Jason Dixon knew he was going back to Northward.

He’d been out of jail for a couple of months and had quickly fallen back into familiar habits. Unable to find steady work and struggling to deal with the daily frustrations of life, he turned, as he had so often in the past, to drugs and alcohol.

“I fell off the tracks, got back into using crack and smoking herb. I went back to drinking, then went back to stealing,” he remembers.

When he was caught after a break-in at the home of a police officer, he did not expect any second chances.It was a familiar cycle for Dixon, who has spent most of his adult life in and out of prison.

A resident reads a magazine at the Hope For Today Foundation, a transitional living facility for former addicts.
A resident reads a magazine at the Hope For Today Foundation, a transitional living facility for former addicts.

“I was back up for burglary and it was a police officer. I knew I was going to prison,” he says.

But by the grace of God and a good attorney, he says, he ended up, instead in the custody of the Hope for Today Foundation, sharing a home with other recovering addicts and substance abusers under the watchful eye of halfway house manager Brent Hydes.

That was eight months ago. He has been sober ever since and for the first time feels confident that he has a future that does not involve drugs, alcohol and crime.

“I have opened my heart up to God and I feel like a different person. When I look in the mirror, I see the person I knew when I was growing up, not the person I had become. I don’t have the urges for crack cocaine and ganja any longer.

“The support and friendship I have found in this house make me stronger and help me to stay on the right path.”

Literature at the the Hope For Today Foundation.
Literature at the the Hope For Today Foundation.

Dixon is one of seven people currently living at the halfway home in the Hell district of West Bay, which provides a temporary haven for recovering addicts. Some are referred by the courts, some by the parole board, others refer themselves. With Grand Cayman’s only male prison bursting at the seams, Mr. Hydes believes it could be time to rethink Cayman’s crime-and-punishment approach.

For Mr. Hydes, Jason Dixon’s story has a familiar ring to it. Around 25-30 people, many of them former inmates, all of them struggling with substance abuse, come through the home each year.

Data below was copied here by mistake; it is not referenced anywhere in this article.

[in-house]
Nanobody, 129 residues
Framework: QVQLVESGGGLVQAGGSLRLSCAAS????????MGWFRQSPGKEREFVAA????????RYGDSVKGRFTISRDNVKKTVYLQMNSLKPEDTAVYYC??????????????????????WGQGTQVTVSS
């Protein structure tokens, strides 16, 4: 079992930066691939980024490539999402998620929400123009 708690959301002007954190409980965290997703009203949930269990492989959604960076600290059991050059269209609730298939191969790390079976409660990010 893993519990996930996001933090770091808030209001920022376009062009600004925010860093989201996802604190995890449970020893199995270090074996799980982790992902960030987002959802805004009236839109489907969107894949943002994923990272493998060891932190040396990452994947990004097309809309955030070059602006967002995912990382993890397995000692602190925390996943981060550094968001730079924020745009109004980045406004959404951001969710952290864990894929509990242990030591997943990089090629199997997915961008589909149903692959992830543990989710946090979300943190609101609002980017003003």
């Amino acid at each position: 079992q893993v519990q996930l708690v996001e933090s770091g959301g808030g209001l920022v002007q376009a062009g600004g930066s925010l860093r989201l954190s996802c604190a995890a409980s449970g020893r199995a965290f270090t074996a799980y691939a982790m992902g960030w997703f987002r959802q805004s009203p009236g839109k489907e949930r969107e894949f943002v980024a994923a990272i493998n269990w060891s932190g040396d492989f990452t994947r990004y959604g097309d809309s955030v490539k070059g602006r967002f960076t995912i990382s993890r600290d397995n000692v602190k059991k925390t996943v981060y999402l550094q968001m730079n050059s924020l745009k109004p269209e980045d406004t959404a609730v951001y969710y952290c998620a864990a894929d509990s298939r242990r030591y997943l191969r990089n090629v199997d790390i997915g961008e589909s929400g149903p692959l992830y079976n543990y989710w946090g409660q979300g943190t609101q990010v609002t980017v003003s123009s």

“It is amazing to see someone come here broken, bankrupt, and after a few months of recovery, they are laughing and smiling. The peace they find within themselves is absolutely amazing.”

They find basic accommodation in a safe, drug- and alcohol-free zone, away from the temptations of their old environment. They also find a place to quietly readjust to society, to find work and gain some economic independence after sometimes lengthy spells in jail.

“I have seen people come in here like Jason, like most residents, that have been completely broken. What pushes me to continue is hearing their stories,” said Mr. Hydes, reclining on a wooden chair on the balcony of the West Bay home.
There are no exceptions to the abstinence rule. It’s not about punishment, it’s about creating an environment where all the residents know the expectations, says Chris Burke, one of the Hope Foundation’s board members and a volunteer at the home. The reason it is effective, he believes, is it takes people away from the influences of their home environment.A zero-tolerance approach to substance abuse, reinforced by frequent urine tests and bolstered by weekly Alcoholics Anonymous and Narcotics Anonymous meetings are the core of the program.“It is amazing to see someone come here broken, bankrupt, and after a few months of recovery, they are laughing and smiling. The peace they find within themselves is absolutely amazing.”

“It is about every single person in the house and every person has to know that they are in a clean and safe living space. If we start to let that slide, it won’t work.”

Residents at the Hope For Today Foundation are responsible for all chores, including preparing meals and doing their own laundry. Currently there are seven people living at the halfway home in the Hell district of West Bay. – Photos: matt lamers
Residents at the Hope For Today Foundation are responsible for all chores, including preparing meals and doing their own laundry. Currently there are seven people living at the halfway home in the Hell district of West Bay. – Photos: matt lamers

Tony, another resident of the home, had battled for years with alcoholism, when finally, he decided he had had enough. Tony, like a number of other halfway house residents interviewed, asked for only his first name to be used.

“I bought six beers, drank half of one and gave away the rest,” he said. “I felt like everything around me was crumbling. I was sick of drinking, sick of myself, I felt like I was unemployable.”